Choosing You

by Christopher Penczak, edited by Tina Whittle

I’m all about the occult wisdom of memes these days. Well, not really. I’m all about an inner fire when I see well-meaning people perpetuate supposedly helpful ideas that are ultimately harmful, at least in the magickal community in which we both operate. The recent meme in question said:

“You disrespect yourself every time you say yes when you want to say no. You call it loyalty/love/friendship. Really you are just hoping someone will see how amazing you are and choose you. It shouldn’t work that way. Choose yourself. That’s how you teach them. By choosing you.”

It speaks to the evolving self-care culture which in itself isn’t inherently wrong. We must take care of ourselves, fill our cup before we can help others. And we shouldn’t be motivated by how we are perceived by others. The dominance of self-care and me-first messages is a symptom of a sick society, and while it might address an individual need in the moment, it does little to address the problem at hand and can encourage an isolated and egocentric experience, one which is already fueled by the dominance of the dark side of social media. As we approach the societal shifts that will come from potential environmental and economic collapse, we need to learn survival skills, which include not only wilderness crafts, home medicine, and growing our own food, but how to survive in small communities with empathy, reciprocity, and a sense of communal responsibility.

As a magician, witch, or magick worker of some stripe, we must ask which part of ourselves is saying yes and which part is saying no. We over-identify with the ego, the Middle Self, our personal identity. My personal self says no all the time. My personal self often wants to stay in bed, eat Doritos, and tell people who want me to do things to fuck off. My personal self wanted to say no to studying Witchcraft. I thought it was silly. My personal self certainly said no to being an author and teacher. And many days my personal self wants to say no to my day-to-day responsibilities that other people rely on me to do.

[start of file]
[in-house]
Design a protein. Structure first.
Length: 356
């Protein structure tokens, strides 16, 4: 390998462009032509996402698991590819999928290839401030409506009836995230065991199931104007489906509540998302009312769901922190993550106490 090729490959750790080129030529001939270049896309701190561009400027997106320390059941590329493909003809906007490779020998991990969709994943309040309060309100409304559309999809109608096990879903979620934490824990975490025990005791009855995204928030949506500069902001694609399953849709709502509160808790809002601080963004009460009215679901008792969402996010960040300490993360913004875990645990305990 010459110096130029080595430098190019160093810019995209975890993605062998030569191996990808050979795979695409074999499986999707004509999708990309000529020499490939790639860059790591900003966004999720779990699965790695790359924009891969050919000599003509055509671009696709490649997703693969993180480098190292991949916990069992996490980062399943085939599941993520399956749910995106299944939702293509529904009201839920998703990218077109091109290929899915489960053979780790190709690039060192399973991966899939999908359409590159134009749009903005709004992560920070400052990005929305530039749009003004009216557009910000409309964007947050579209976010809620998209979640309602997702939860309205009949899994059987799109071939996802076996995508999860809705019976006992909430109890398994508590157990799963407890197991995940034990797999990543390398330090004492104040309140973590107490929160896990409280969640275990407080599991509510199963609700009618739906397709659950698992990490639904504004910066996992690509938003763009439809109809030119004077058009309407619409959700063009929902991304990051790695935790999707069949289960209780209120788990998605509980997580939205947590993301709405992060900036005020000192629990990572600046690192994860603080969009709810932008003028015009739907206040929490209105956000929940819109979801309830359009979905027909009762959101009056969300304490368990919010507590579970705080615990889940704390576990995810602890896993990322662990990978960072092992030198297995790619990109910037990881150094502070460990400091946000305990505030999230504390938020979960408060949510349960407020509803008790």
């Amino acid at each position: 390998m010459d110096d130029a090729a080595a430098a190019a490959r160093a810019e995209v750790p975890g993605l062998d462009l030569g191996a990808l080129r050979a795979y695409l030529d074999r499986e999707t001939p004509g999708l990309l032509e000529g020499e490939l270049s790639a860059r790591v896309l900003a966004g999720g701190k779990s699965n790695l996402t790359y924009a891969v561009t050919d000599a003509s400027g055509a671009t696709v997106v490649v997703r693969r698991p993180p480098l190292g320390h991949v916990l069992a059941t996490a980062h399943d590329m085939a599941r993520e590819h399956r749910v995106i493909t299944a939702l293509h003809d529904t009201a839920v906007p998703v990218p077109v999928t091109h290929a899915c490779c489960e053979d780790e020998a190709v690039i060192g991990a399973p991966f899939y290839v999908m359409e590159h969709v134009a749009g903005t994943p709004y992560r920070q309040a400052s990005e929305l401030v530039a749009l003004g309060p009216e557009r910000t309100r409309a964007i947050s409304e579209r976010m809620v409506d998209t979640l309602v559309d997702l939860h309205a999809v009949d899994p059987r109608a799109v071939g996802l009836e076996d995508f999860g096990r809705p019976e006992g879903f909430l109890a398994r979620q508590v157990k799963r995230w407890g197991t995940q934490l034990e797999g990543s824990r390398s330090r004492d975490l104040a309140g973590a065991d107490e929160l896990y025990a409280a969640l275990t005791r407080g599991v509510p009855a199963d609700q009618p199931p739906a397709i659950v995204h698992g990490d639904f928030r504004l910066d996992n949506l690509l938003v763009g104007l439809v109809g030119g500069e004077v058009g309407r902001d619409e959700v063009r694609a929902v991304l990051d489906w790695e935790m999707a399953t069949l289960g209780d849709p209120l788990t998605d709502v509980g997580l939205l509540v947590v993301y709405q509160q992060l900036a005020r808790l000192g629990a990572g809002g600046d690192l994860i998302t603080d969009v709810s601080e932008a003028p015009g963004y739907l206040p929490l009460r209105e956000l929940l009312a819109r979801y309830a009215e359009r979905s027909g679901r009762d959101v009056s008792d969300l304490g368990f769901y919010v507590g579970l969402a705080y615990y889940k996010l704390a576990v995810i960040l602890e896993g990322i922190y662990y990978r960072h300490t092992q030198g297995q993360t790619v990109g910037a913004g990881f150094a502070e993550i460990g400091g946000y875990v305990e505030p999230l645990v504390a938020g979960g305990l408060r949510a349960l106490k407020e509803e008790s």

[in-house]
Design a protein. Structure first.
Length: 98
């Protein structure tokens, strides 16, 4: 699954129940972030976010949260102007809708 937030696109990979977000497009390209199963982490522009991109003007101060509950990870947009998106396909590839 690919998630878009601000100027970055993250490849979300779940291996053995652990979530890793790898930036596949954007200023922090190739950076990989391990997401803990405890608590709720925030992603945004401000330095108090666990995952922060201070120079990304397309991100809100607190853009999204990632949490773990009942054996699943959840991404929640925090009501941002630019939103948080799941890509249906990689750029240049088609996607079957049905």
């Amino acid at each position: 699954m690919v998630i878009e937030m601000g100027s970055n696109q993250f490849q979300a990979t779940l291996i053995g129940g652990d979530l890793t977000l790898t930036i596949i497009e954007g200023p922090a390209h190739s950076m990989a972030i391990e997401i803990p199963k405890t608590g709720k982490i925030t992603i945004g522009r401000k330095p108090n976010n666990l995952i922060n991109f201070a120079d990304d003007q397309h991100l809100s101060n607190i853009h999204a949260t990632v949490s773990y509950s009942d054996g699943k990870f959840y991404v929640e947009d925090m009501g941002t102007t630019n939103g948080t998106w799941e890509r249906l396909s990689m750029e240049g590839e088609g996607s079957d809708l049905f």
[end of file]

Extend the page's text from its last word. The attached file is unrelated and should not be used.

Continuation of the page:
Likewise I’m sure there are people I rely on in community who want to say no to me sometimes. But we all say yes. Am I disrespecting myself? No, I don’t think so. Does the motivation of loyalty, love, or friendship motivate me? Sometimes. Do I know there are necessary mechanics to support the rest of the good stuff that is not always pleasant? Yes, and I think anyone in an adult life realizes that at some point. Does this spark joy? No. But to live in my home, I need to pay the rent, and while I like my home, I don’t get any joy from writing that check.

The current self-care paradigm requires that we cut out all toxic people. If they can’t support us, we should drop them. But what if they’re just going through a bad patch? What if I’m going through a bad patch? If we only want good-vibe people in our lives, then who will give us honest advice or tell us when they think we are making a mistake? All of this advice looks great in a tweet, but lacks the necessary nuance. It is easily embraced by those drowning in responsibilities and worries, who then alienate the people who could support them. Unfortunately, building stronger and more authentic relationships is hard to sum up in a pithy post or advertising slogan.

There are definitely times when both our Higher Soul and our personality are saying “no” and telling us to slow down, when that primal Lower Self is urging us to rest and replenish. And we should heed these messages. But they happen far more frequently today because of our lack of purposefulness around our true work, lack of appropriate boundaries, and lack of authentic support systems. A scented bath is nice, but true self care includes establishing these deeper supports in your life, not quick fixes.

Following the yes of the soul, the Higher Self, often requires a lot of little no’s from the personal self that requires transmutation. If you are consistently miserable, unhealthy, and out of alignment, then say no and make different choices. If you are saying yes out of low self-esteem, in a desire to be liked or to get someone to respond to you in a favorable way, start saying no and make some inner changes. But if you are doing some temporarily unpleasurable things in the name of friendship, love, and community, good job! Me too. Many of us are, and that creates the space held for people to enjoy life and feel supported.

As a Witch, I think about offerings, sacrifice, and reciprocity a lot. Few of us do old-style sacrifice, and most would object to it today, but I think of many of my actions that serve my higher will, my community, as offerings and sacrifices. In that light, it transforms them and makes them holy. They become something of love rather than a burden. They become a blessing, a realization that because I have such people and situations in my life, I can make these offerings and enjoy our lives together. So in the end, I try not to choose me, but we.

Temple of Witchcraft